Reviewed by Susan65
Title: In Too Deep
Author: Kate Sherwood
Genre: MM Contemporary
Length: 234 Pages
Publisher: Dreamspinner Press
Release Date: December 1, 2014
Available at: Dreamspinner Press, Amazon and Barnes & Noble
Add it to your shelf: Goodreads
Blurb: At first glance, Cade and Aiden hardly seem like a match made in heaven. Their worlds couldn’t be further apart. Cade is quiet, serious, and determined to succeed; Aiden’s a party-loving frat boy. Cade comes from a rough home and worked hard to get the scholarships that make it possible for him to attend college; Aiden’s had it all thrown in his lap by supportive, kind, and wealthy parents. Cade wants nothing to do with Aiden, but from the moment they meet, Aiden is determined to find a way to bring their different worlds together.
Aiden manages to persuade Cade he’s a decent guy, and a tentative friendship becomes much more. But a trip to Aiden’s family cottage puts Cade in the path of a ghost from his past, and a dark secret he never expected to face again. Cade did what he had to do to escape his dead-end life, but now he sees he didn’t leave it as far behind him as he thought.
Review: This is the extended version of the short story, In Over His Head, and where we meet Aiden and Cade before that big dramatic finish that was revealed in the original story. Since I read the short story first, it was with great anticipation that I got to see how these boys’ relationship began, grew, healed, and flourished. If you have not read, In Over His Head, then I highly suggest that you don’t. You will get the whole story here without losing the big reveal that was exposed in the short.
Aiden and Cade were as opposite as two boys could ever be. Rich vs poor, introvert vs extrovert, popular vs lonely, amazing parents vs loser parents, etc….the list goes on and on. You wonder how it was even possible for two such different people to meet, let alone forge a relationship, but with much work and determination by the golden boy Aiden, Cade is pulled out of his self imposed shell and gave Aiden and love a chance.
Most of this story was spent watching Aiden come up with creative ways to get Cade to notice him. He has to have balls of steel and a ton of self confidence to take that much initial rejection. It was humorous and sad at the same time. Aiden is just a ball of sunshine, and you don’t fault him for being born with a silver spoon in his mouth. He was such a great guy and it didn’t matter. It did matter to Cade though. Cade was the product of loser, alcoholic, non-working, welfare recipient parents who spent more time trying to hold Cade back than allow him to move up and out of the dirt and poverty that was his life.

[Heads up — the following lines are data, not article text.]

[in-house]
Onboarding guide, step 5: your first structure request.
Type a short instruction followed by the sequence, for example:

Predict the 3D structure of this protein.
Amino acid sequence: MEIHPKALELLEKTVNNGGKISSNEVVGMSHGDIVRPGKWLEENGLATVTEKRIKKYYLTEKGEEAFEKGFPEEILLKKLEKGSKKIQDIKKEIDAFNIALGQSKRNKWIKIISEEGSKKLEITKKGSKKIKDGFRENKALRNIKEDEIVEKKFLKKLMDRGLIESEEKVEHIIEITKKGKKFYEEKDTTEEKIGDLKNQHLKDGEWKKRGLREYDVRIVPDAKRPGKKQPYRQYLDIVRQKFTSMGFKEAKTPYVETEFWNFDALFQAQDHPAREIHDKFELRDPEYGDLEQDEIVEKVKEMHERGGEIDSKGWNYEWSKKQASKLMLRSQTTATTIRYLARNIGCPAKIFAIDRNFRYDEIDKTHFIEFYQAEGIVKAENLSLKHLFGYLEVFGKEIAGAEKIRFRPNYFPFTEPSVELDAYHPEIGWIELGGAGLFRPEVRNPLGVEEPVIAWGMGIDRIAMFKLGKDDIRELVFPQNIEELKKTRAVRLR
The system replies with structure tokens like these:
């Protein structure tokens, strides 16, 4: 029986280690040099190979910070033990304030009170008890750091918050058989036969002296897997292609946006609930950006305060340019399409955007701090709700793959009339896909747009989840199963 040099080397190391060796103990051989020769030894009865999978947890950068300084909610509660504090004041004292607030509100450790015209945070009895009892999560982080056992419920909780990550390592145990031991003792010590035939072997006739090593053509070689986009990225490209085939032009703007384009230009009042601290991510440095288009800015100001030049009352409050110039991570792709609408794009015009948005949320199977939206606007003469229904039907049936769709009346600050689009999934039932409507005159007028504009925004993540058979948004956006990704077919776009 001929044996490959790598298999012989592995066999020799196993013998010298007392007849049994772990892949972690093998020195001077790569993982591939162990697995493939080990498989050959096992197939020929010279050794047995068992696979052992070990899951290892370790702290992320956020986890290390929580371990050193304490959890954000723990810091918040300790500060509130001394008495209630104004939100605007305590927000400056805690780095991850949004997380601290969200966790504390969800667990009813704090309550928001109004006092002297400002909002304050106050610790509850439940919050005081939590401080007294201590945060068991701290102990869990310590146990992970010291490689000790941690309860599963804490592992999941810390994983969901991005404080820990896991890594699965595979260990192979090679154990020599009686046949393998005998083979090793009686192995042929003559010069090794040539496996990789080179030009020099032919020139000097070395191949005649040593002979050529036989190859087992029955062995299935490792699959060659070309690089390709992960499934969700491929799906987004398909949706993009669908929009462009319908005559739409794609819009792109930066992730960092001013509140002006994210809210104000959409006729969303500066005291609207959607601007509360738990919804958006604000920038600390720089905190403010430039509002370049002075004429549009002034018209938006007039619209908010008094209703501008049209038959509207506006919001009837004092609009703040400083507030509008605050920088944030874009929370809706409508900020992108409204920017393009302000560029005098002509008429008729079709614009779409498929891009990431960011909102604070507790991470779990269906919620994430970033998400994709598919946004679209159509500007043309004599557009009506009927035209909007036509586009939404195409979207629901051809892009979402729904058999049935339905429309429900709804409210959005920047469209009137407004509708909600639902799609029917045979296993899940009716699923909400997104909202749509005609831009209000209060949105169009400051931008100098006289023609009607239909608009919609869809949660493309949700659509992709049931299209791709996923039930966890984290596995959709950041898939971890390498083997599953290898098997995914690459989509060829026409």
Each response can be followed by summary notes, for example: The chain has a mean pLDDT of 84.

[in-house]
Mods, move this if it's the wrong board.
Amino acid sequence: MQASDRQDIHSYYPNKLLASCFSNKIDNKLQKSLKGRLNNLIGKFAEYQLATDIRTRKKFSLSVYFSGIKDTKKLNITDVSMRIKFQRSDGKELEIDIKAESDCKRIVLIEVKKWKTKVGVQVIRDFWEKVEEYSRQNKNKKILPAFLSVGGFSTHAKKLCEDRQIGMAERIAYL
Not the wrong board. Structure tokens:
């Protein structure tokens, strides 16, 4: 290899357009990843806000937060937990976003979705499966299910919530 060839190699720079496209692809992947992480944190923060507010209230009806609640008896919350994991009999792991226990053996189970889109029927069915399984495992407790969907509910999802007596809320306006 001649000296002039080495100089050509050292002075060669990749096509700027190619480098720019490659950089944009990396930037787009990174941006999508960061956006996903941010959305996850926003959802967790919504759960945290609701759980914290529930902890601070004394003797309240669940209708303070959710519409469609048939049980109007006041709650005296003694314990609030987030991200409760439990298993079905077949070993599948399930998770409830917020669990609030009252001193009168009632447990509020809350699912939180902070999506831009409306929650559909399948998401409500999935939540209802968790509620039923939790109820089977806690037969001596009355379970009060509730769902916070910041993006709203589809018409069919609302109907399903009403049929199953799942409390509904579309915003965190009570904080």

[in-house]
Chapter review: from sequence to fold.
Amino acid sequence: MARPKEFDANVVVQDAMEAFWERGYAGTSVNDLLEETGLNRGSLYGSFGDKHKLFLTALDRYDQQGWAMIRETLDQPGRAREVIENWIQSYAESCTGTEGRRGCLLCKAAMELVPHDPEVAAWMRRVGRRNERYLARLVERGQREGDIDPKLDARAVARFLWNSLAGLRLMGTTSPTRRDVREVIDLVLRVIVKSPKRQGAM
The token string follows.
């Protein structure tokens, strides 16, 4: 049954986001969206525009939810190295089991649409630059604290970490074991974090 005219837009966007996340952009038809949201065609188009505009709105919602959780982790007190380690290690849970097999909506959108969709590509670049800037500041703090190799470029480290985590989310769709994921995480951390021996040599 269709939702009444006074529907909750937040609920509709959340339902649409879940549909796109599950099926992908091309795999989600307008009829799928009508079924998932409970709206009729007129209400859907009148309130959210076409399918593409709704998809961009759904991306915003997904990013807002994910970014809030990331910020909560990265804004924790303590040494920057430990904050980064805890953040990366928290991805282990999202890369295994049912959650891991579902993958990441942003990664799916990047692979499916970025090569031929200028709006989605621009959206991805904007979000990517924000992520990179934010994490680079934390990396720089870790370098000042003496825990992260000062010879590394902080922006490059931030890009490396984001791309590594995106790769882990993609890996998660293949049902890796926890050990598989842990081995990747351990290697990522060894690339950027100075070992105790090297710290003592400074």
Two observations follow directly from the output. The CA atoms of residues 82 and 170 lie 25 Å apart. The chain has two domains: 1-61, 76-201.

Learning how Cade got himself into college was an eye opener for Aiden. For Aiden, college was handed to him, just like his car and his credit card. It was just there and expected. Cade didn’t have that and struggled allowing Aiden to know just how different they were. When they finally move forward, you are so thankful. So thankful that Cade is able to get beyond his past and create a life with Aiden. But, after all that…it goes down hill…and fast.
Aiden’s mother was such a petty woman. I really didn’t like her, even after she turned around at the end. She was still such an unlikable person and Cade was right…she is a bitch. The ending of the book is basically the story of In Over His Head. I knew what was coming, and considering I’d read the short story first, it didn’t have the same shock value as it had originally. That is my main reason for recommending not reading it first. This is a great full length story full of emotions and drama, good vs evil, and triumph over tragedy. A great read for those who are looking for a little darkness before the sun finally shines.
Overall Impression: I really liked it
*I received a copy of this book from the publisher in return for a fair and honest review.*